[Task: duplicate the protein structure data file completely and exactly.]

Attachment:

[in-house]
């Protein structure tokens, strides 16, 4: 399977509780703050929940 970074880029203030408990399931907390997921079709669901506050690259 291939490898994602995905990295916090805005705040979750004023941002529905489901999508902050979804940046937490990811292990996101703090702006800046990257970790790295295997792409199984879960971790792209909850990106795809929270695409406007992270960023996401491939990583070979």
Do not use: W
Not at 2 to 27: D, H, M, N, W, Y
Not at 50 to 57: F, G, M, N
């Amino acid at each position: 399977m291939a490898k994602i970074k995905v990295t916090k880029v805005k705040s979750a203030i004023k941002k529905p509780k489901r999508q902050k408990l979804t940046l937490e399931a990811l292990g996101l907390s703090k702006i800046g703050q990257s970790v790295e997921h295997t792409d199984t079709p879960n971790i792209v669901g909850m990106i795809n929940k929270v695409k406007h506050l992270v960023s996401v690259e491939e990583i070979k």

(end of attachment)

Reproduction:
[in-house]
């Protein structure tokens, strides 16, 4: 399977509780703050929940 970074880029203030408990399931907390997921079709669901506050690259 291939490898994602995905990295916090805005705040979750004023941002529905489901999508902050979804940046937490990811292990996101703090702006800046990257970790790295295997792409199984879960971790792209909850990106795809929270695409406007992270960023996401491939990583070979």
Do not use: W
Not at 2 to 27: D, H, M, N, W, Y
Not at 50 to 57: F, G, M, N
């Amino acid at each position: 399977m291939a490898k994602i970074k995905v990295t916090k880029v805005k705040s979750a203030i004023k941002k529905p509780k489901r999508q902050k408990l979804t940046l937490e399931a990811l292990g996101l907390s703090k702006i800046g703050q990257s970790v790295e997921h295997t792409d199984t079709p879960n971790i792209v669901g909850m990106i795809n929940k929270v695409k406007h506050l992270v960023s996401v690259e491939e990583i070979k």